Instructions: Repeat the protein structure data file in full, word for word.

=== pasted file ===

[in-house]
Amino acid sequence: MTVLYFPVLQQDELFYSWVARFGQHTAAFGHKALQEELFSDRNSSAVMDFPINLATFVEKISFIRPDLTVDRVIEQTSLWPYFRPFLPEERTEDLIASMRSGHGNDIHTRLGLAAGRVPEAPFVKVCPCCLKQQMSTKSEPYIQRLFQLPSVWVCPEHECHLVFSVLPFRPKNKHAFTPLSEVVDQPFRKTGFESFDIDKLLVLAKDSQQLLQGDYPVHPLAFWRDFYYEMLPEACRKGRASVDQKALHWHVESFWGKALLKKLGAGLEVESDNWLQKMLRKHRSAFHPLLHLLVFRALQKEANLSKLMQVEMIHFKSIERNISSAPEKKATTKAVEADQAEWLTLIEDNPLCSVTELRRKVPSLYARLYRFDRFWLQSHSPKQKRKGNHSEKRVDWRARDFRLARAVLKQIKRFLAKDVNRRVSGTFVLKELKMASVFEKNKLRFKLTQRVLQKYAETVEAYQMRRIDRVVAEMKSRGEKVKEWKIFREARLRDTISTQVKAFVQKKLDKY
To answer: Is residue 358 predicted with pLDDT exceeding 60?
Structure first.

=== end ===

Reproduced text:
[in-house]
Amino acid sequence: MTVLYFPVLQQDELFYSWVARFGQHTAAFGHKALQEELFSDRNSSAVMDFPINLATFVEKISFIRPDLTVDRVIEQTSLWPYFRPFLPEERTEDLIASMRSGHGNDIHTRLGLAAGRVPEAPFVKVCPCCLKQQMSTKSEPYIQRLFQLPSVWVCPEHECHLVFSVLPFRPKNKHAFTPLSEVVDQPFRKTGFESFDIDKLLVLAKDSQQLLQGDYPVHPLAFWRDFYYEMLPEACRKGRASVDQKALHWHVESFWGKALLKKLGAGLEVESDNWLQKMLRKHRSAFHPLLHLLVFRALQKEANLSKLMQVEMIHFKSIERNISSAPEKKATTKAVEADQAEWLTLIEDNPLCSVTELRRKVPSLYARLYRFDRFWLQSHSPKQKRKGNHSEKRVDWRARDFRLARAVLKQIKRFLAKDVNRRVSGTFVLKELKMASVFEKNKLRFKLTQRVLQKYAETVEAYQMRRIDRVVAEMKSRGEKVKEWKIFREARLRDTISTQVKAFVQKKLDKY
To answer: Is residue 358 predicted with pLDDT exceeding 60?
Structure first.